Shortly after I completed my initial training at FLETC, 9mm pistols were starting to be issued to U.S. Customs Service patrol officers and special agents. It was at this time that I traded my Model 66 for a government-issued stainless 9mm S&W Model 59. I carried the high capacity 9mm Model 59 until we were issued a more compact stainless S&W 9mm 6906 service pistol.

When I transferred to South Florida during the Miami Vice Era of the Drug War, I traded my issued stainless Model 60 in for an issued blued steel five-shot S&W Model 49 .38 Special revolver. I also carried various personally owned stainless 9mm S&W Model 639s, a compact 9mm 6906, and a compact (stainless) S&W 9mm 3913.

I actually preferred the different stainless Model 39 variants over the stainless Model 659s for two main reasons. First, I preferred the ergonomics that the more narrow grip on the Model 39s, that accommodated a single column 8 round magazine. Second, because I was used to serving in high crime areas, while armed with a five and six-shot Smith & Wesson .38 Special revolver, I was quite comfortable going in harm’s way, while armed with a DA/SA Smith & Wesson Model 39 pistol, that was loaded with 9 rounds of 9mm ammunition.


During my law enforcement career, I carried a number of blue steel and stainless steel personally owned and government-issued 9mm S&W Model 39/639s, 59s, 6906s, and 3913 pistols and NEVER EVER experienced a stoppage or a malfunction of any kind. I also found the various personally owned and government-issued S&W revolvers that I carried to be superbly accurate and flawlessly reliable. This included various Model 36s, 60s, two Model 49s, several different Model 10s, Model 19s, three different Model 64s, various Model 66s, a Model 625 in .45 ACP, and a Model 67 .38 Special revolver.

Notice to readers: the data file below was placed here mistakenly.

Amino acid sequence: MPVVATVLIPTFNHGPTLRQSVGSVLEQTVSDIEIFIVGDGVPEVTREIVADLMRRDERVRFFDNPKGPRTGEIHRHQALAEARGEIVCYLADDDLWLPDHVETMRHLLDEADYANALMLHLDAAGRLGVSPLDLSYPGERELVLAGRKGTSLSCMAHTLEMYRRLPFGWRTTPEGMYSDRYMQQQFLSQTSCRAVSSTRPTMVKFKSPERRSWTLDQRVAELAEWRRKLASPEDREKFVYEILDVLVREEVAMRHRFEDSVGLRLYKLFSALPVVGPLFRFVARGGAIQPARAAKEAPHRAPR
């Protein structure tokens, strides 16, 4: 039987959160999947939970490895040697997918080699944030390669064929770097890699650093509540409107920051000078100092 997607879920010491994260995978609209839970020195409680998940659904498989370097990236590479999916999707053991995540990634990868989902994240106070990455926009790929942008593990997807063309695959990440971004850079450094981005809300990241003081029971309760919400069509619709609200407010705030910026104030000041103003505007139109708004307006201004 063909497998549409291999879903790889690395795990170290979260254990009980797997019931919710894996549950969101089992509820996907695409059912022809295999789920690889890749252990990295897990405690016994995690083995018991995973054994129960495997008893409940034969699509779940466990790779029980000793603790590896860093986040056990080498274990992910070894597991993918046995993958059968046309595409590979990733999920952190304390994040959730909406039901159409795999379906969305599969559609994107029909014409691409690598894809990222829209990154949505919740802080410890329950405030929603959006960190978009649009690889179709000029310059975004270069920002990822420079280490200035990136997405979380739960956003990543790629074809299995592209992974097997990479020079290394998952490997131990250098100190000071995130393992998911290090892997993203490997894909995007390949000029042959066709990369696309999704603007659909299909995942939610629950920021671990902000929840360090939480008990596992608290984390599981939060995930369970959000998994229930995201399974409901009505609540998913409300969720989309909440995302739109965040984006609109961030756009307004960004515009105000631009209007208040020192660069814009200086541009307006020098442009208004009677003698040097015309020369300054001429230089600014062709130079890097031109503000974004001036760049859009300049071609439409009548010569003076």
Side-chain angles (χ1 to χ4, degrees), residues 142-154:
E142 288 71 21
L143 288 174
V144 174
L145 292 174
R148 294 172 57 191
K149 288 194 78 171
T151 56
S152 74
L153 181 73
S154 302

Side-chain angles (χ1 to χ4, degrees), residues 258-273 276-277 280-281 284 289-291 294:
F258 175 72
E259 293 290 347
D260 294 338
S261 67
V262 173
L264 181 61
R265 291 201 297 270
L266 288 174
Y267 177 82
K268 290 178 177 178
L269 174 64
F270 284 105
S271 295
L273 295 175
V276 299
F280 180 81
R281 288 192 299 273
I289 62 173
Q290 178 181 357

I also need to mention, that even the S&W pistols and revolvers that were constructed in blued steel remained fully operational when carried close to the body for years in adverse weather conditions. This included, the pair of five-shot S&W Model 49s that I carried when I worked undercover, as a U.S. Customs Agent based in Miami.


In 2005 Smith & Wesson introduced a new series of pistols that revitalized the pre-1960 era Military & Police or M&P designation. The 21st Century version of the Smith & Wesson M&P is a polymer-framed pistol, that utilizes a striker-fired trigger system. A striker-fired trigger provides a more consistent trigger pull, as opposed to a DA/SA trigger system, that requires a longer initial Double Action (DA) pull, with the remaining shots being fired with a shorter Single Action (SA) pull.

After I retired from my law enforcement career and I became a freelance writer, I ended up field testing and owning various 9mm, .40 S&W, .357 SIG, and .45 ACP caliber striker-fired S&W Military & Police Pistols. Every one of these S&W M&P pistols proved to be flawlessly reliable, very accurate, extremely well made, and comfortable to carry.